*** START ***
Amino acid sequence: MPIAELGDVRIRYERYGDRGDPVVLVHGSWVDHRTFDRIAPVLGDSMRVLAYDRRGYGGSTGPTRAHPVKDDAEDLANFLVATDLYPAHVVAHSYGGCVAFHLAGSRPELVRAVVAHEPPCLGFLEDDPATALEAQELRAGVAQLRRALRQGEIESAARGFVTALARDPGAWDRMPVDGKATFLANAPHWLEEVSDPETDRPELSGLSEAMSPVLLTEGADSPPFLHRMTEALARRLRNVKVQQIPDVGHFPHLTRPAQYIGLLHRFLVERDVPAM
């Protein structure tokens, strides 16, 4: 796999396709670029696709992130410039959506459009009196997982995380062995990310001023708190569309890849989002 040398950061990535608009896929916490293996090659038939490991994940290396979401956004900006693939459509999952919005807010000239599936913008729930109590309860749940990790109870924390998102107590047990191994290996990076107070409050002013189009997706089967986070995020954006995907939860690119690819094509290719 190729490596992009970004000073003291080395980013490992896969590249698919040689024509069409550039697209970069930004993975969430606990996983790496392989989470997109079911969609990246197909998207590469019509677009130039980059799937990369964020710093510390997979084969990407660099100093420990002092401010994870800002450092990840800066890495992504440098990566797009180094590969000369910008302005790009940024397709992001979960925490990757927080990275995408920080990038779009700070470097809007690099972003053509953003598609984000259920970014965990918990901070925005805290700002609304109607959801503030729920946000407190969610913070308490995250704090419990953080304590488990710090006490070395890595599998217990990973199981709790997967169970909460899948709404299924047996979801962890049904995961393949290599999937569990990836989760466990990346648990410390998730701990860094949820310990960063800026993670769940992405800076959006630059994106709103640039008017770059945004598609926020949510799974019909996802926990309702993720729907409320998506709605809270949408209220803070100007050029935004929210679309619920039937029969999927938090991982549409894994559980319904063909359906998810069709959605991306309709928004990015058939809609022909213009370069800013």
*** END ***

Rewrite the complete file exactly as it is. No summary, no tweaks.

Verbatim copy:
Amino acid sequence: MPIAELGDVRIRYERYGDRGDPVVLVHGSWVDHRTFDRIAPVLGDSMRVLAYDRRGYGGSTGPTRAHPVKDDAEDLANFLVATDLYPAHVVAHSYGGCVAFHLAGSRPELVRAVVAHEPPCLGFLEDDPATALEAQELRAGVAQLRRALRQGEIESAARGFVTALARDPGAWDRMPVDGKATFLANAPHWLEEVSDPETDRPELSGLSEAMSPVLLTEGADSPPFLHRMTEALARRLRNVKVQQIPDVGHFPHLTRPAQYIGLLHRFLVERDVPAM
């Protein structure tokens, strides 16, 4: 796999396709670029696709992130410039959506459009009196997982995380062995990310001023708190569309890849989002 040398950061990535608009896929916490293996090659038939490991994940290396979401956004900006693939459509999952919005807010000239599936913008729930109590309860749940990790109870924390998102107590047990191994290996990076107070409050002013189009997706089967986070995020954006995907939860690119690819094509290719 190729490596992009970004000073003291080395980013490992896969590249698919040689024509069409550039697209970069930004993975969430606990996983790496392989989470997109079911969609990246197909998207590469019509677009130039980059799937990369964020710093510390997979084969990407660099100093420990002092401010994870800002450092990840800066890495992504440098990566797009180094590969000369910008302005790009940024397709992001979960925490990757927080990275995408920080990038779009700070470097809007690099972003053509953003598609984000259920970014965990918990901070925005805290700002609304109607959801503030729920946000407190969610913070308490995250704090419990953080304590488990710090006490070395890595599998217990990973199981709790997967169970909460899948709404299924047996979801962890049904995961393949290599999937569990990836989760466990990346648990410390998730701990860094949820310990960063800026993670769940992405800076959006630059994106709103640039008017770059945004598609926020949510799974019909996802926990309702993720729907409320998506709605809270949408209220803070100007050029935004929210679309619920039937029969999927938090991982549409894994559980319904063909359906998810069709959605991306309709928004990015058939809609022909213009370069800013």